A Clandestine Practice: FGM
An essay on "A Clandestine Practice: FGM" by Ravneet Kaur Juneja describes the societal barriers that act as a major reason for the continuance of this abhorred tradition.
An essay on "A Clandestine Practice: FGM" by Ravneet Kaur Juneja describes the societal barriers that act as a major reason for the continuance of this abhorred tradition. Out of many wicked societal norms that are still prevailing in our society, female genital mutilation is one of them. It majorly consists of four types. International documents such as the Universal Declaration of Human Rights, the International Covenant on Civil and Political Rights, and the Convention on Elimination of Discrimination Against Women describe the equality of laws among both genders in various aspects.
The essay attempts to explain both international and domestic laws enacted to curb this deleterious act. It is so deep-rooted that even after rising cases, India has failed to enact a law on the same. Some of the prevention/solutions to this practice are provided by World Health Organisation and the author through effective writing wants to bring the attention of the readers to the major straining issue.
One of the basic rights of a human being that comes from his birth and remains with him until his death is human rights. Human Rights are inherent to all human beings irrespective of race, caste, creed, sex, and nationality of the individuals. For all human beings living in existence, rights are necessary for their economic development and prosperity, and harmonious living with other neighbourhoods in the world. The definition of Human Rights is mentioned in section 2(1)(d) of The Protection of Human Rights Act, 1993.
Human Rights and Indian Constitution
Human Rights are common to those countries that have signed the declarations that are part of human rights whereas fundamental rights are country specific. Fundamental rights are constitutionally guaranteed and human rights are internationally guaranteed. Fundamental Rights are enforceable by the Court of Law and Human Rights are enforceable by United Nations Organization. Human rights are very much similar to the Fundamental Rights that are mentioned in Articles 14-32 in the Constitution of India.
Some of the fundamental rights are:
1. Equality among human beings
2. Freedom of speech
3. Freedom of life and personal liberty
4. Freedom to practice any religion
Some of the Human Rights are:
1. All human beings are free and equal
2. No discrimination
3. Right to Life
4. Innocent until proved guilty
Both Human and Fundamental Rights aim at creating a fair and peaceful environment for everyone's interest.
The peace of the country is maintained by keeping the balance of deciding as to what laws should be made and how can they be implemented in a way that the rights or customs of any section of the community are not violated.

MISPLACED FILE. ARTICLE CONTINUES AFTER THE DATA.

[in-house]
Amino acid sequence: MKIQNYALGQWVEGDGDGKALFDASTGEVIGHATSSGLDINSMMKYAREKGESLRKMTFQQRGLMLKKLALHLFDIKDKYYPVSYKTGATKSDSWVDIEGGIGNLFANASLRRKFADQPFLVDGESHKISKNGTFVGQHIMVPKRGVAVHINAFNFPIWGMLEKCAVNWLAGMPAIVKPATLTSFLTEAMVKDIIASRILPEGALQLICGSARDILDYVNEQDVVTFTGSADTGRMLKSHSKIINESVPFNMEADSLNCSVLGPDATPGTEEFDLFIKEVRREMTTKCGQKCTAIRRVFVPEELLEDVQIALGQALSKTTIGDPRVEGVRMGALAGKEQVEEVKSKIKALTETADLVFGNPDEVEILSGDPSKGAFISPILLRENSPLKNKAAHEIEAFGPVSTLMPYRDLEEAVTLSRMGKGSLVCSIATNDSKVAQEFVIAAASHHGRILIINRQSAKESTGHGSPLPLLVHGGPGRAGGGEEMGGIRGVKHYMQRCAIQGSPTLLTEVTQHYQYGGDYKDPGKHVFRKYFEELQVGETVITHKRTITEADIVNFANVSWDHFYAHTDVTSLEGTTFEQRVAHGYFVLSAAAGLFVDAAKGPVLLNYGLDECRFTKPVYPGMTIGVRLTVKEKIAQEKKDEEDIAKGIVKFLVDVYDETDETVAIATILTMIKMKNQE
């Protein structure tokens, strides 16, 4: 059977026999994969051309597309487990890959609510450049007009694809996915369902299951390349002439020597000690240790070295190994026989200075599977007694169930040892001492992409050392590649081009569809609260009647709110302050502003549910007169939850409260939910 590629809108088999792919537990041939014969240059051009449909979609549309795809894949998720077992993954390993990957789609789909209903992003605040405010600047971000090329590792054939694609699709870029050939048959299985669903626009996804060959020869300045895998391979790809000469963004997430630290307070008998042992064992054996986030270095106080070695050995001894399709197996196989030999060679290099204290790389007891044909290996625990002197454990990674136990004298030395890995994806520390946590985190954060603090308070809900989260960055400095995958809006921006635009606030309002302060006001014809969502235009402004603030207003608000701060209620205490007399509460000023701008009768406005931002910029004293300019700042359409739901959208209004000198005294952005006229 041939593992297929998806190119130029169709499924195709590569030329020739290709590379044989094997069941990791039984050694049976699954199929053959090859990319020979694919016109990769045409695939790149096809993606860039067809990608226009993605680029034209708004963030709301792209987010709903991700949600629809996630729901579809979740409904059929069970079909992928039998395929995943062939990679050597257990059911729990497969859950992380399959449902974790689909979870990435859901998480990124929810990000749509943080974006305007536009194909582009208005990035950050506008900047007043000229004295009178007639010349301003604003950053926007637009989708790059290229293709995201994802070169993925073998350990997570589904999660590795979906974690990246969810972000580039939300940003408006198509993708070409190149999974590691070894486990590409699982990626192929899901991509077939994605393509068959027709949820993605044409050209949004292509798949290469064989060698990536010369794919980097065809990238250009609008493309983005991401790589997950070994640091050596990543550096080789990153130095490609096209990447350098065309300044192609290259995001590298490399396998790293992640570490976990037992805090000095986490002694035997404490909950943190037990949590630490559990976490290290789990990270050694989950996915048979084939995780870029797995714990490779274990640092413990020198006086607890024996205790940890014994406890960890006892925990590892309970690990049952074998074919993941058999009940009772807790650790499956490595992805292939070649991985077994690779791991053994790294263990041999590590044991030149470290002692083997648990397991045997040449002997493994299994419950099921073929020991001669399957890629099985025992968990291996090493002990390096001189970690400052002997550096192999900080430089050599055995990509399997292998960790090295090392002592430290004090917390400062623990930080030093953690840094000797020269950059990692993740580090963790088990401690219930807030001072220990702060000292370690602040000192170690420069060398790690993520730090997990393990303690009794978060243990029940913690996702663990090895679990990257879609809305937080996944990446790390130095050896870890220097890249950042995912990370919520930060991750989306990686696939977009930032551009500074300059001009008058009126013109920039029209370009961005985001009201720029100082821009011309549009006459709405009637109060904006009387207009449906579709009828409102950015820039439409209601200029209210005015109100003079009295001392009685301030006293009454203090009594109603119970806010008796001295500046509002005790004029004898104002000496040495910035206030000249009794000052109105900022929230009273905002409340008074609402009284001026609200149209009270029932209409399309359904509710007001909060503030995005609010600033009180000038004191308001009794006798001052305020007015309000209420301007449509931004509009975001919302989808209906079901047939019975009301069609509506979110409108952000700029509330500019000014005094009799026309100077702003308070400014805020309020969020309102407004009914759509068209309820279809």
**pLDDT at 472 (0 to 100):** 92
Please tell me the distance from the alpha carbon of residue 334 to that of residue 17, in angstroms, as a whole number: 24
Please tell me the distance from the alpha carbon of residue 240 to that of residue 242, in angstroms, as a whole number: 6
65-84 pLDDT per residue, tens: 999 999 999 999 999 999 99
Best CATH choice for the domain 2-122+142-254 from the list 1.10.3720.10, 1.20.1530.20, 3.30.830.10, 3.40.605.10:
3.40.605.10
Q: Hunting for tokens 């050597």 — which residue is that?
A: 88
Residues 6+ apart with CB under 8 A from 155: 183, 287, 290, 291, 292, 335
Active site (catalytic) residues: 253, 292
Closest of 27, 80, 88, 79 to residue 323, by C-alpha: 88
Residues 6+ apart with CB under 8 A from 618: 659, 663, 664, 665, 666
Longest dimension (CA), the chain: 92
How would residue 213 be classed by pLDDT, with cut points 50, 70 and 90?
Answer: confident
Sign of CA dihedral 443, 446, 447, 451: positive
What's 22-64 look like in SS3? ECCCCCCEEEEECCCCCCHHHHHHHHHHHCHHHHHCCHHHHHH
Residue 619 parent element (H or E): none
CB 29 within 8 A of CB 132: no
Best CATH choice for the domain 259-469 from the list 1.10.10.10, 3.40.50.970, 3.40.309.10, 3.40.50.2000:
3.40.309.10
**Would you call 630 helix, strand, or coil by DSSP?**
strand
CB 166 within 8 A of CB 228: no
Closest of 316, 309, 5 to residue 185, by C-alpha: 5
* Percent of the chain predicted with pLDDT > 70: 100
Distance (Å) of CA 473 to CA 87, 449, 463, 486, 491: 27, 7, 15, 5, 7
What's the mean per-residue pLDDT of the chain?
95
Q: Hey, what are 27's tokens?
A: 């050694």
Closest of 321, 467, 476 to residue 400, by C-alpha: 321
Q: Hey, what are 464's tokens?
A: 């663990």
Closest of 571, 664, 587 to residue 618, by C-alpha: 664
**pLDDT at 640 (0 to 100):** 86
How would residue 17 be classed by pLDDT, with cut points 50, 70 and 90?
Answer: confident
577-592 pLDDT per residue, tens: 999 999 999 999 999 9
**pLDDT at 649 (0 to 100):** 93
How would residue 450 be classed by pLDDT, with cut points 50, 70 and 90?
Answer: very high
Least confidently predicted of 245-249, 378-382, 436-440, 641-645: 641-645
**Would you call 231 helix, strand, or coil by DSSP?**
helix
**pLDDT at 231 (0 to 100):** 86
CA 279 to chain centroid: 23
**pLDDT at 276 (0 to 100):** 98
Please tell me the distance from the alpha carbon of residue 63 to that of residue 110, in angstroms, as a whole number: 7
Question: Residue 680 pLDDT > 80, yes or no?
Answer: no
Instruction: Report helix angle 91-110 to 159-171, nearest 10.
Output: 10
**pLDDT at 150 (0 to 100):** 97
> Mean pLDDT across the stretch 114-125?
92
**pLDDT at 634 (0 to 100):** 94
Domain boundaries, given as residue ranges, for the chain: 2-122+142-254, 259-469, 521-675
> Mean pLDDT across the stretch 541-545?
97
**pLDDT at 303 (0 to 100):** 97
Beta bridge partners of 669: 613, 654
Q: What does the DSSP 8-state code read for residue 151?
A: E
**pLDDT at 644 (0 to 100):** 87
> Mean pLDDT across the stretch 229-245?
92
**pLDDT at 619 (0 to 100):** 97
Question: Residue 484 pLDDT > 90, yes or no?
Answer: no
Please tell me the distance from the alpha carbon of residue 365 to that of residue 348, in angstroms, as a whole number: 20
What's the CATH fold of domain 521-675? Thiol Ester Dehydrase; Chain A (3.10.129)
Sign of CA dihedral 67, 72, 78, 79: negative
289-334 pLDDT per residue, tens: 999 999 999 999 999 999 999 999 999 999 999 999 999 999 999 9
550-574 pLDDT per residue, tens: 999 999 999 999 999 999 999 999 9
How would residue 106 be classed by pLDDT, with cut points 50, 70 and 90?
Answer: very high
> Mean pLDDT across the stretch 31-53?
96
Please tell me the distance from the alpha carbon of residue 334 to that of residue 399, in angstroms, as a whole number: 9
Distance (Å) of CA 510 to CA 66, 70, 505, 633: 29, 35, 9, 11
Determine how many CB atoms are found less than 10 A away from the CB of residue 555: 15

When the issue arises between the law and the customs then there is a question as to what should prevail. The custom which is prevalent for the past infinite years or the law is for the betterment of all the people of the society. In most cases, the law succeeds but sometimes when the custom is deep-rooted in our society and also when there is no such definite law of such a custom then it becomes difficult to varnish that custom. One such age-old custom is that of 'the cut'.
The issue arises when the age-old customs/traditions and laws contradict each other. Genital Mutilation is one such practice/custom. It is a system of cutting or any slightest nick to the genital organs of a human being on the pretext to control the urge of sexual desires. It is being performed on both genders - males and females.
Female Genital Mutilation
Popularly known as 'khatna' or 'khafz', this practice is majorly practiced in Somalia, Guinea, Djibouti, Egypt, and Sierra Leone among girls 7-15 years of age, and occasionally among adult women. 'Mullani', a traditional women circumciser generally performs this practice in a private setting. Primarily beginning in Egypt and Yemen the practice of female circumcision came to India with the migration of Dawoodi Bohra (a sect of Shia Muslims) to Gujarat in the 1500s.
It is the system in which the procedures are involved for the partial or total removal of the external female genitals for non-medical reasons. The process consists of no health benefits and only harm. The estimated population of this community is between 1 million and 2 million worldwide. As per the belief of the supporters of this practice, it is done because the hood of the clitoris is the unwanted part of the body, and breaking it off purifies the body.